In Eggleston v. Reward Zone USA LLC, No. 2:20-cv-01027-SVW-KS (C.D. Cal. Jan. 28, 2022), the U.S. District Court for the Central District of California rejected the argument that text messages are “artificial or prerecorded voice messages” under the Telephone Consumer Protection Act (the TCPA).
The plaintiff, Lucine Trim, alleged that Reward Zone USA LLC (Reward Zone), sent spam advertisements and promotional offers to her cellphone via text message in violation of TCPA § 227(b). This provision makes it unlawful to “make any call (other than a call made for emergency purposes or made with the prior express consent of the called party) using any automatic telephone dialing system or an artificial or prerecorded voice” to any telephone number assigned to a cellular telephone service.
In granting a motion to dismiss the § 227(b) claims, the District Court first held that the system at issue does not qualify as an automatic telephone dialing system (ATDS) as defined by the statute. Under the TCPA, an ATDS consists of “equipment which has the capacity to store or produce telephone numbers to be called, using a random or sequential number generator; and to dial such numbers.” In interpreting this definition, the District Court held that calling equipment only qualifies as an ATDS “if it uses a number generator to generate the phone numbers themselves — not if the number generator is used merely to index the phone numbers or select phone numbers from that index.” Reward Zone only used a number generator to index and select telephone numbers from a database, therefore its dialing system does not qualify as an ATDS, and thus, calls made with it do not violate the prohibition against the use of ATDS in § 227(b).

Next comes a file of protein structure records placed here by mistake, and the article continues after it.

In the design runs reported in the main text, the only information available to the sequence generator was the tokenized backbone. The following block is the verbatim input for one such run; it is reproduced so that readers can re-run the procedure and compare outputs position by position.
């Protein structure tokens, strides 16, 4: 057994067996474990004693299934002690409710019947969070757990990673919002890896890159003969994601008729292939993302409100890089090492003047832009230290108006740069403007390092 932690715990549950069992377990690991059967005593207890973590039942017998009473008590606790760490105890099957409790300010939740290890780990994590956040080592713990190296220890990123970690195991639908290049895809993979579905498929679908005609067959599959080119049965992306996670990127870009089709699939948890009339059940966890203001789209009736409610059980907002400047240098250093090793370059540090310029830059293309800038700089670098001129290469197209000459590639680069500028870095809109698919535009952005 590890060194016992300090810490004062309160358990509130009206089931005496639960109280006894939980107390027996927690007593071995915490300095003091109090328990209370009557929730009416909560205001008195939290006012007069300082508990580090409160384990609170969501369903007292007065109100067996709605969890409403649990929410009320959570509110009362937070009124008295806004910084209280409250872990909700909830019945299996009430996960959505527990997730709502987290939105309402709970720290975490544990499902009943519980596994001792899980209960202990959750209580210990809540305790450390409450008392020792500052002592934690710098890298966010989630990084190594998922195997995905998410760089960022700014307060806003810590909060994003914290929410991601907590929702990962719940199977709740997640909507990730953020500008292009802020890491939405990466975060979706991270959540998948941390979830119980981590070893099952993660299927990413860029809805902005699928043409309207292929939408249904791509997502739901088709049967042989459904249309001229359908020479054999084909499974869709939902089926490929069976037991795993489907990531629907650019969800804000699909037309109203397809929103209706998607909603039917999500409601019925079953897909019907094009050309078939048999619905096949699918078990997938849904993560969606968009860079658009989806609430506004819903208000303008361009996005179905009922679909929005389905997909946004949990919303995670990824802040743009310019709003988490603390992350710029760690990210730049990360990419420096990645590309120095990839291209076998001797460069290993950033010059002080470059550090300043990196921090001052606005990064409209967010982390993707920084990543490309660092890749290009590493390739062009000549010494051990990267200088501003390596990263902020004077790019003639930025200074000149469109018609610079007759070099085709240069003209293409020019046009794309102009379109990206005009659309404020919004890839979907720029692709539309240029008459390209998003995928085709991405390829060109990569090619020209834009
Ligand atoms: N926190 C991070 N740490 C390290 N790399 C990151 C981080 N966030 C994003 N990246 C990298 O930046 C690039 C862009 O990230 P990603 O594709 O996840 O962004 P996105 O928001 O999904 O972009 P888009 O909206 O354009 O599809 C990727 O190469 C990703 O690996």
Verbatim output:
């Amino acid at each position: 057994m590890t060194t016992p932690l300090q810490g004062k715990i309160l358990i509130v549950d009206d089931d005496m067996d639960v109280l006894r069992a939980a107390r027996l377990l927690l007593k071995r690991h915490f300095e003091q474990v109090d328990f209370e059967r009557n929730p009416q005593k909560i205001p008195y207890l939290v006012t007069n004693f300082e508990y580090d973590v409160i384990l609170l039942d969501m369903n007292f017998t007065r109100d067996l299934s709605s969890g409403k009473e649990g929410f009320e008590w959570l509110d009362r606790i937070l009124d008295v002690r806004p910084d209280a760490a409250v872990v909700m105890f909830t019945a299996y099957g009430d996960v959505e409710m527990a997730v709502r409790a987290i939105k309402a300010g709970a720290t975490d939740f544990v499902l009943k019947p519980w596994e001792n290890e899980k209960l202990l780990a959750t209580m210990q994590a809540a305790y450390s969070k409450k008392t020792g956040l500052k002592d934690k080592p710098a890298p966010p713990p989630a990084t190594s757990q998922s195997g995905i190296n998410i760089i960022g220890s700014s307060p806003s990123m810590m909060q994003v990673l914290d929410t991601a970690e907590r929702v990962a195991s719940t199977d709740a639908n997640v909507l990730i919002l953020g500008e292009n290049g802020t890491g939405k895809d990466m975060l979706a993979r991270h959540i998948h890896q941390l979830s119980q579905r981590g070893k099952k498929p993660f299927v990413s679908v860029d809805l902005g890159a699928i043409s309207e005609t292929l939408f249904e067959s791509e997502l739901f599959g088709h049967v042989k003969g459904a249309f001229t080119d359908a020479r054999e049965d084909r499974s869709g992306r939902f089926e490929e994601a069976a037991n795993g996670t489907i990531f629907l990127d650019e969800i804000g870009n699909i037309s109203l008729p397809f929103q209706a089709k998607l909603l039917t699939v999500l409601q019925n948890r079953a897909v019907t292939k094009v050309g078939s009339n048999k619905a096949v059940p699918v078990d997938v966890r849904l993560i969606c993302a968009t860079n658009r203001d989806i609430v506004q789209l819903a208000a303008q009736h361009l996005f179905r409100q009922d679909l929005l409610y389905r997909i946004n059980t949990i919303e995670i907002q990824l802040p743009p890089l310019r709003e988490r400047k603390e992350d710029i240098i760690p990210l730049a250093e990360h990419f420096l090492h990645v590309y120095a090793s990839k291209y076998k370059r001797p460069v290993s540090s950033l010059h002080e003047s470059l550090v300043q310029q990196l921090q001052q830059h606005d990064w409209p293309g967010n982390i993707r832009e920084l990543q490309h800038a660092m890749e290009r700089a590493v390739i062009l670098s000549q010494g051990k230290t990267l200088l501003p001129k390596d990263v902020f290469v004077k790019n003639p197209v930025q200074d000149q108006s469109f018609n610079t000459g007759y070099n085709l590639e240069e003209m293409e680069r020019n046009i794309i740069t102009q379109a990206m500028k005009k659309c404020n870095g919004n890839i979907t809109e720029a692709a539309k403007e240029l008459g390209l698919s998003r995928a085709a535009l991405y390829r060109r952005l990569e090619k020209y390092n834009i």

The District Court also held that a violation had not occurred because text messages are not artificial or prerecorded voice messages. The plaintiff argued that text messages meet the statutory definition because “‘artificial’ means ‘humanly contrived, often on a natural model’; ‘prerecorded’ means ‘to set down in writing in advance of presentation or use’; and ‘voice’ means ‘an instrument or medium of expression.’” The District Court rejected this argument as being “beyond the bounds of common sense,” stating:
Plaintiff’s interpretation conflicts with a primary principle of statutory interpretation — that words in a statute should generally be given their most natural understanding unless circumstances suggest otherwise. See Duguid, 141 S.Ct. at 1169. The most natural, commonplace understanding of “voice” is the sound produced by one’s vocal system. Indeed, it is not plausible that Congress intended the word “voice” in the TCPA to carry the tertiary, metaphorical meaning that plaintiff suggests over this primary, natural meaning — especially since if Congress had intended to adopt plaintiff’s broad meaning, it could have easily chosen clearer, more literal terms to do so, such as “medium of expression” or “communication.” [emphasis supplied by the District Court].
This case shows that for purposes of the TCPA, a text message is simply that: a message consisting of written text. And such messages do not qualify as artificial or prerecorded voice messages that can give rise to liability under § 227(b).